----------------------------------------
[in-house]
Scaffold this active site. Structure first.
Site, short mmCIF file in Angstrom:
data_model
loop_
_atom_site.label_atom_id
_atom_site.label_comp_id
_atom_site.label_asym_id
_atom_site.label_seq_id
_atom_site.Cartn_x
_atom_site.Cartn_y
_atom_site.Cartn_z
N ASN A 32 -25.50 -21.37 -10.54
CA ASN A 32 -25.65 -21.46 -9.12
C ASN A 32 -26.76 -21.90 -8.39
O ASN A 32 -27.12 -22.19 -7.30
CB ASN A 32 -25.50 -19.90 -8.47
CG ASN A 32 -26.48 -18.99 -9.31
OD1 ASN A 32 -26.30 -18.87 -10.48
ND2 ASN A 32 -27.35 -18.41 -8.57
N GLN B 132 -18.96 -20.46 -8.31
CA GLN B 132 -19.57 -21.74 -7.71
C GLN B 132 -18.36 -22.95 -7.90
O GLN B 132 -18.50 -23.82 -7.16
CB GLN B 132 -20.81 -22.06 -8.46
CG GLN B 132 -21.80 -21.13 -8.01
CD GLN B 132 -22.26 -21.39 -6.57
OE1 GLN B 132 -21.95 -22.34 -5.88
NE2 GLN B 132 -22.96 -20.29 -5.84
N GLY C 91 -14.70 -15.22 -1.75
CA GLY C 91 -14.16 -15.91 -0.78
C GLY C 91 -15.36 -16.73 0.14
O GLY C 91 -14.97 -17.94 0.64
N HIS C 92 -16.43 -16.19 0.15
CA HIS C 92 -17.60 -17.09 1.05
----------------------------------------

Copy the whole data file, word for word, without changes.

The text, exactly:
[in-house]
Scaffold this active site. Structure first.
Site, short mmCIF file in Angstrom:
data_model
loop_
_atom_site.label_atom_id
_atom_site.label_comp_id
_atom_site.label_asym_id
_atom_site.label_seq_id
_atom_site.Cartn_x
_atom_site.Cartn_y
_atom_site.Cartn_z
N ASN A 32 -25.50 -21.37 -10.54
CA ASN A 32 -25.65 -21.46 -9.12
C ASN A 32 -26.76 -21.90 -8.39
O ASN A 32 -27.12 -22.19 -7.30
CB ASN A 32 -25.50 -19.90 -8.47
CG ASN A 32 -26.48 -18.99 -9.31
OD1 ASN A 32 -26.30 -18.87 -10.48
ND2 ASN A 32 -27.35 -18.41 -8.57
N GLN B 132 -18.96 -20.46 -8.31
CA GLN B 132 -19.57 -21.74 -7.71
C GLN B 132 -18.36 -22.95 -7.90
O GLN B 132 -18.50 -23.82 -7.16
CB GLN B 132 -20.81 -22.06 -8.46
CG GLN B 132 -21.80 -21.13 -8.01
CD GLN B 132 -22.26 -21.39 -6.57
OE1 GLN B 132 -21.95 -22.34 -5.88
NE2 GLN B 132 -22.96 -20.29 -5.84
N GLY C 91 -14.70 -15.22 -1.75
CA GLY C 91 -14.16 -15.91 -0.78
C GLY C 91 -15.36 -16.73 0.14
O GLY C 91 -14.97 -17.94 0.64
N HIS C 92 -16.43 -16.19 0.15
CA HIS C 92 -17.60 -17.09 1.05